Blog Fujitsu Waterstage home automation/domotica

Fujitsu Waterstage home automation/domotica


About three years ago our house was fitted with a Fujitsu Waterstage heat pump and boiler for central heating and domestic hot water (DHW). This allowed us to go electric only and close off the gas connection to our house. Right from the start, the company that installed our Fujitsu Waterstage promised it supported connectivity to be included in home automation (or as we call it in Dutch, domotica). However, after asking around and consulting Fujitsu in The Netherlands, we came to the conclusion that it was (I quote) “Not possible” and “Not supported”. I kept an eye open during the years and finally, after I actually opened up the Fujitsu Waterstage internal unit, I got a new lead that proved to be the solution!


The Fujitsu Waterstage unit I have uses a mainboard from SIEMENS systems. These SIEMENS mainboards generally use the same communication protocols internally, which means someone might already have something made for this. After some more searching it appears a huge amount of brands use these SIEMENS boards, more importantly, they all use the same protocol, the Boiler System Bus (BSB). This information lead me to a German project on GitHub for heat pumps running not only the BSB protocol but also the Local Process Bus (LPB) and the German Punkt-zu-Punkt-Schnittstelle (PPS) protocols. Please see the excellent project by fredlcore ⧉ called BSB-LAN ⧉. They have an extensive list of supported heat pumps and HVACs, great documentation and are very helpful!
I have also bought an assembled BSB-LAN interface board from them, but you can build it yourself if you would want to.


The following parts will explain what I have done to include the Fujitsu Waterstage into my home automation set up. There are many ways to do it, with different hardware, different heat pumps and systems, etc. Since I’m using Grafana for all my home automation dashboards to monitor, that’s my main goal at this point in time. This includes having the virtual status screen that’s on the Fujitsu Waterstage to keep me from having to walk up the attic and physically read what’s happening.

The following steps in this guide have all been done on a Windows machine and using the Olimex ESP32. Things may be (slightly) different for you depending on your choice of hardware and OS. Also please keep in mind that not all heat pumps are the same, values can be programmed differently, always make sure your heat pump is supported, this guide is not universal.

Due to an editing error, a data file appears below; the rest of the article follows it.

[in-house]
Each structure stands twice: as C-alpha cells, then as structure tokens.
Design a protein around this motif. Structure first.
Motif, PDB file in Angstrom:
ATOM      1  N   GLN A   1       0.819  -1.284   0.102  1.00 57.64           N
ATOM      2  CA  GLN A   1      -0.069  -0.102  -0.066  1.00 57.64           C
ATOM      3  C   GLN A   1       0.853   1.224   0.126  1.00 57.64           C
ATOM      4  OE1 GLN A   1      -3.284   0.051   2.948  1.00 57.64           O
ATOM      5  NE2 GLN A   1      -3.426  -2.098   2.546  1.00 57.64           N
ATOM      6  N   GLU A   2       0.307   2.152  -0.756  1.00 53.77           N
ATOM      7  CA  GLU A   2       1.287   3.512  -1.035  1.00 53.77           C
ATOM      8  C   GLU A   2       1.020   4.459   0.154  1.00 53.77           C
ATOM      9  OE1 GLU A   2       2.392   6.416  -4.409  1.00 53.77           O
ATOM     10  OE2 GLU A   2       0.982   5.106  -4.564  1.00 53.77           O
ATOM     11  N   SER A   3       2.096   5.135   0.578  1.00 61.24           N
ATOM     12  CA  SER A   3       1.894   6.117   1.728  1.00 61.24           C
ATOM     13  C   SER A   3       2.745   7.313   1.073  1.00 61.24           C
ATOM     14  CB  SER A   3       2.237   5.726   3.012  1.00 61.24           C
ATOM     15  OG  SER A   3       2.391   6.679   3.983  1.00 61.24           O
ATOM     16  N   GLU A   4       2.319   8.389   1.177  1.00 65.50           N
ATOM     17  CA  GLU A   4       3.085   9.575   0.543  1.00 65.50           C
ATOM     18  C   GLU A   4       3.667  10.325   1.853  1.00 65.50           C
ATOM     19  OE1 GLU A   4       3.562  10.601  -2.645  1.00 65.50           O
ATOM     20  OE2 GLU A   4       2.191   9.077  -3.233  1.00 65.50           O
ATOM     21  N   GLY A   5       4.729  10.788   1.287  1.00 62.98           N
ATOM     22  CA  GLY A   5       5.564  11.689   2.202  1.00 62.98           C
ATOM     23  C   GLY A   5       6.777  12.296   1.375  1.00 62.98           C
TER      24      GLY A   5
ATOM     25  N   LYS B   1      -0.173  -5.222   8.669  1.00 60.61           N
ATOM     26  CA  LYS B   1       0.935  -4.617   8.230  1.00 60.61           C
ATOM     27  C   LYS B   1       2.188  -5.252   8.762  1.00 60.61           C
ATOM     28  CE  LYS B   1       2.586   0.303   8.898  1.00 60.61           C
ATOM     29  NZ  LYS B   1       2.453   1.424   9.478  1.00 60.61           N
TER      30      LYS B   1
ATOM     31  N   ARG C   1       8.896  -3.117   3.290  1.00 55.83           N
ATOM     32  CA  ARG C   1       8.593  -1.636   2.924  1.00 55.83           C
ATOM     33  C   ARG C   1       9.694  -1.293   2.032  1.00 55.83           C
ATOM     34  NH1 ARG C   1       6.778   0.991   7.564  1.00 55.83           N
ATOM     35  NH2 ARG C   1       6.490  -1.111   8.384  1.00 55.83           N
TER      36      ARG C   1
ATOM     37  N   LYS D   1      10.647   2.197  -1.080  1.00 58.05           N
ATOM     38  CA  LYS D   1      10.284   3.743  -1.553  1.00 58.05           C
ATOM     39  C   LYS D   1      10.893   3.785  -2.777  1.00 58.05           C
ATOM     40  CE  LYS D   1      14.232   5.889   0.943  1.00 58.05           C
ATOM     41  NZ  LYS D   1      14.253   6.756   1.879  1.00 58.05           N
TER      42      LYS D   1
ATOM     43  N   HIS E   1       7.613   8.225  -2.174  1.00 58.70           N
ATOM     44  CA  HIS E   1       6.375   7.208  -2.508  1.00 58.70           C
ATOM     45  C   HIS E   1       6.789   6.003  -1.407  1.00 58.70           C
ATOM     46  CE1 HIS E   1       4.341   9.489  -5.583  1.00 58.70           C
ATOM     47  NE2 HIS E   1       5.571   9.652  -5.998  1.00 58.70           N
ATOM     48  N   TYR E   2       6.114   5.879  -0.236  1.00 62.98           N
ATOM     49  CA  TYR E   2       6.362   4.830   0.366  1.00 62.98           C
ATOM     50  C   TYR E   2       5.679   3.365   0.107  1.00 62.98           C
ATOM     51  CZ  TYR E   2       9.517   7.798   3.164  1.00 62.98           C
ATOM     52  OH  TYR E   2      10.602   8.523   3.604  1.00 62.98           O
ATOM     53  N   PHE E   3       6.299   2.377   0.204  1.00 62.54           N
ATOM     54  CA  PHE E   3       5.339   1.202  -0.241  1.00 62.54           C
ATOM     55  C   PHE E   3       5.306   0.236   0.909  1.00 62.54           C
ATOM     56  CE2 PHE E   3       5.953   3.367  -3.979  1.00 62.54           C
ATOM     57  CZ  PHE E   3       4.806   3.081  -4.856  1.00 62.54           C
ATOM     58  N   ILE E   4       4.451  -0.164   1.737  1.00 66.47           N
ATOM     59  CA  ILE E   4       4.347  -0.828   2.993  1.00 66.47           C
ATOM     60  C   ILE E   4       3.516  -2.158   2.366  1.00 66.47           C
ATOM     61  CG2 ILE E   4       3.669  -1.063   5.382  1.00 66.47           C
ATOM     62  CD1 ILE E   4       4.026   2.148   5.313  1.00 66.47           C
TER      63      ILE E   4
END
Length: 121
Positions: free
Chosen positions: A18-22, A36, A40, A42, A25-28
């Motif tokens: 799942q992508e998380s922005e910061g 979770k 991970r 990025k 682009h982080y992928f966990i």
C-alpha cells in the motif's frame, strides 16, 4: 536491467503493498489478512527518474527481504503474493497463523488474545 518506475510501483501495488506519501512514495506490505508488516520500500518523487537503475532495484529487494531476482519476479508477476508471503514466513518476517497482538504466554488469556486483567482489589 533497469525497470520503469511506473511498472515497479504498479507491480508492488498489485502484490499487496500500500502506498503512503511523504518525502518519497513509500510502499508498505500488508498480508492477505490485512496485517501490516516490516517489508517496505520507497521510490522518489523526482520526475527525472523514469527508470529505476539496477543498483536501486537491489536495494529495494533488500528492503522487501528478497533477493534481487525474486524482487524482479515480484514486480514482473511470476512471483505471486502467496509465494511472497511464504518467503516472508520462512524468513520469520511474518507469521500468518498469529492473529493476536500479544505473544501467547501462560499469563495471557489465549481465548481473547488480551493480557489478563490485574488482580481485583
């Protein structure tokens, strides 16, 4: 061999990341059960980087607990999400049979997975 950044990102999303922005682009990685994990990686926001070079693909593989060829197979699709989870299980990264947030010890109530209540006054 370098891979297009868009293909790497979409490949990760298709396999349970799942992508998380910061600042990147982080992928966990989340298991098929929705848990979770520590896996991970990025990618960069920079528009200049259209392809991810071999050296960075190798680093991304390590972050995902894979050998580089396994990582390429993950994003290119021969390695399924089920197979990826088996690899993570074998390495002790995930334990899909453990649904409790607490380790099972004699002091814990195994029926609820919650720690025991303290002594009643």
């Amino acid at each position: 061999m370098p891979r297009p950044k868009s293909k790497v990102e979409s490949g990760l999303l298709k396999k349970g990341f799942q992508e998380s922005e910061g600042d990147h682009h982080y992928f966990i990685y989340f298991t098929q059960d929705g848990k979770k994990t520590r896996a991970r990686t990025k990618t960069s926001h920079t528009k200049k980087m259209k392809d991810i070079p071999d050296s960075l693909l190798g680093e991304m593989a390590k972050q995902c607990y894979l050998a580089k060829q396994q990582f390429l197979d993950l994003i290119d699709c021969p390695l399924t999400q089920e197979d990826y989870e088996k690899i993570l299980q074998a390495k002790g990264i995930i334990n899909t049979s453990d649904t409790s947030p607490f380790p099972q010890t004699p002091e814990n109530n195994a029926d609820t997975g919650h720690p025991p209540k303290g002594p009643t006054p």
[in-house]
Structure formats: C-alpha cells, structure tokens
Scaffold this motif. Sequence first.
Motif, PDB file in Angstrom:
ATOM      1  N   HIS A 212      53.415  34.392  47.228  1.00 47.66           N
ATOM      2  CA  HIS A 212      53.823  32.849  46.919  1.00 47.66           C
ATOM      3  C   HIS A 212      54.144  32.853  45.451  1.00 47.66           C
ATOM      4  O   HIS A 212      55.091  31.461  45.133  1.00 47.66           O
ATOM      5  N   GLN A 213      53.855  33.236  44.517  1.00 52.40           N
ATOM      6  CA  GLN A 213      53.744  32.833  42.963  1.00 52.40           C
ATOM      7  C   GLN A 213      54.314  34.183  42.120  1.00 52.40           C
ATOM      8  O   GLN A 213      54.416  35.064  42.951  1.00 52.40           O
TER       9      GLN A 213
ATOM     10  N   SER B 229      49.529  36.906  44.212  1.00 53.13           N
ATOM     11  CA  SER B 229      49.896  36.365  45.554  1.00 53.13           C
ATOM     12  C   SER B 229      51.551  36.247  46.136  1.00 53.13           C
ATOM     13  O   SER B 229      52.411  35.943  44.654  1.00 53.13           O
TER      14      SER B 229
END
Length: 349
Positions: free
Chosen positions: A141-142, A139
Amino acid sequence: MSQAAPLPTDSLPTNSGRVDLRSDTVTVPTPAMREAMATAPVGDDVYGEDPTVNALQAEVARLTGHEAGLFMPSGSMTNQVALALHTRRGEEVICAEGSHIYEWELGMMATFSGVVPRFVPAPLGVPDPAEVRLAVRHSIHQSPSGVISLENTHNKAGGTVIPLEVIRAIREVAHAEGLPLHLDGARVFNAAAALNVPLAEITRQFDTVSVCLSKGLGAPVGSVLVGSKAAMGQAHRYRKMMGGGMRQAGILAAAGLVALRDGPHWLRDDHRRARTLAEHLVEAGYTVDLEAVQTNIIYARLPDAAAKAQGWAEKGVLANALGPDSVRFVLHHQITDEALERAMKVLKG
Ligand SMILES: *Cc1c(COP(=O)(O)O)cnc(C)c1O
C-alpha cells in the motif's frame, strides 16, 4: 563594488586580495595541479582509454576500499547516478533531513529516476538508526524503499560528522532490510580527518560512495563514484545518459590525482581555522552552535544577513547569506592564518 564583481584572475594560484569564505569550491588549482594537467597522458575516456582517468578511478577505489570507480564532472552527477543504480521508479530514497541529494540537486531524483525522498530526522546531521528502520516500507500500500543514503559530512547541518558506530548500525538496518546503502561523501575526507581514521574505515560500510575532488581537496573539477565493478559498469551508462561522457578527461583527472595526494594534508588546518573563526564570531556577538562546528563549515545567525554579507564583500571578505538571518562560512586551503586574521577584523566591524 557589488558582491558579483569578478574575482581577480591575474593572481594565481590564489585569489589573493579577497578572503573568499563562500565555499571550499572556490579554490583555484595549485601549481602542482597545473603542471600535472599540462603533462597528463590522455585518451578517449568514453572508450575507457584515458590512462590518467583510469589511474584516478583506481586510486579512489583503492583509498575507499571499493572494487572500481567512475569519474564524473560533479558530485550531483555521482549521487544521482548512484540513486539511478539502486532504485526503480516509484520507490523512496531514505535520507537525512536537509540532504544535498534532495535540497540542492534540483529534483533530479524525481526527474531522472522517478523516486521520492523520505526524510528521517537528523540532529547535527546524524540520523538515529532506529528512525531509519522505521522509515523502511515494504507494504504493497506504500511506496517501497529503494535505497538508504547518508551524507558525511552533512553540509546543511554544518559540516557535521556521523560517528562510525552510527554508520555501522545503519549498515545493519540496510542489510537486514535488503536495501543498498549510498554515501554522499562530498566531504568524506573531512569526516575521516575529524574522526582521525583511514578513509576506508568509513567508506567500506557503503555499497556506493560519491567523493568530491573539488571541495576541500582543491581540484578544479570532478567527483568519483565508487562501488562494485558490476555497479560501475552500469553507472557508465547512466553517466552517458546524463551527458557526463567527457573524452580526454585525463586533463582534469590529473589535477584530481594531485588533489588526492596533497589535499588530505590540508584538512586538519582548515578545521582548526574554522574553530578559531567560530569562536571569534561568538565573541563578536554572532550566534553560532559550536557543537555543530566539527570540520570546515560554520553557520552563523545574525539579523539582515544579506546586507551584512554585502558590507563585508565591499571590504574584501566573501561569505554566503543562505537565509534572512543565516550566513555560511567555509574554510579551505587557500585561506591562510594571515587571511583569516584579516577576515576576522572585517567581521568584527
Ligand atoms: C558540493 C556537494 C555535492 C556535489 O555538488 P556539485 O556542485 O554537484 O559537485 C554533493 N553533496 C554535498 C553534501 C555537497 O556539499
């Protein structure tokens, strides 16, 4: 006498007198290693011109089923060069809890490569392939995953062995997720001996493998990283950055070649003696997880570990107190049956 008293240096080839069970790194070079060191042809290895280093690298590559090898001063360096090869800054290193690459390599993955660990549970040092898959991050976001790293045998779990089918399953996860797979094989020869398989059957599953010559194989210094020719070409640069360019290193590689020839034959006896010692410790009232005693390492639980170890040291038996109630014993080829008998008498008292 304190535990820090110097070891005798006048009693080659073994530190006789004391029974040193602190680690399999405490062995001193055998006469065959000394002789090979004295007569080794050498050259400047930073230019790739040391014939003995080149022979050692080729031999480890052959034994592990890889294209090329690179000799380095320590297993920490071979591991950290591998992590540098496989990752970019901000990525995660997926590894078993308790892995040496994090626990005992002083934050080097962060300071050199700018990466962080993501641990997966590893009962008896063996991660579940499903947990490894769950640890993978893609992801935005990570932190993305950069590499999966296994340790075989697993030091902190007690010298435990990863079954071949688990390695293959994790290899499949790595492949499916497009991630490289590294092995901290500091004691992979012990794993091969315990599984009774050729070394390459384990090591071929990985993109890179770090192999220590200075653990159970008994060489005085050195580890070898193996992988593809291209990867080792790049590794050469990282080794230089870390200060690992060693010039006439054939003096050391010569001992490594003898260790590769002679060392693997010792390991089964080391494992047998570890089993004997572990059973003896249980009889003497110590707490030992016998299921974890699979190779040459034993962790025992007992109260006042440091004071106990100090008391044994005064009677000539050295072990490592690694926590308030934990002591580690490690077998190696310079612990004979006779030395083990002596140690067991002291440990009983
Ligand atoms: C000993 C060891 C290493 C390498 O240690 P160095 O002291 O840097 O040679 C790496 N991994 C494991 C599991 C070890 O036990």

This guide is based on release version 2.0 of BSB-LAN. Please make sure to use the latest version of the config file if a new version is released while following this guide. Do not copy the example config file unless you run release version 2.0.


This guide will explain the following:

  • Identify the heat pump.
  • Get the required hardware and software.
  • Prepare Arduino IDE project for ESP32.
  • Configure BSB-LAN software.
    • (Optional) Configure logging to MQTT.
  • Flash the ESP32.
  • Connect the BSB-LAN board to the Fujitsu Waterstage.
  • Get access to the BSB-LAN web interface.
  • Scan the heat pump values to get started.
  • How to use.


SIEMENS mainboard RVS21 Before you can do anything, please make sure your heat pump is supported by BSB-LAN. My Fujitsu Waterstage has a mainboard from SIEMENS with type RVS21, which is on the BSB-LAN supported list. To see if your heat pump is supported please see this page of the BSB-LAN documentation ⧉. If your heat pump is not on the list, you can open up the internal unit and see if you can find the mainboard brand and type, mine had a sticker as shown in the image to the right. Remember that BSB is a protocol and is one of the main protocols used in the heat pump business, don’t be put off if your specific heat pump make and model is not on the list, there is a good chance the mainboard is supported and uses the BSB protocol like the others.


Before we continue, lets set up a list of requirements.

Supported heat pump
Obviously, make sure your heat pump’s mainboard is supported by BSB-LAN as explained in the Identify section.
BSB-LAN board
The BSB-LAN board is the first piece of hardware required. It’s a custom made circuit board that connects to and interprets the BSB protocol. You can choose to build one yourself or ask fredlcore to buy one that’s already soldered and ready to run.
Controller board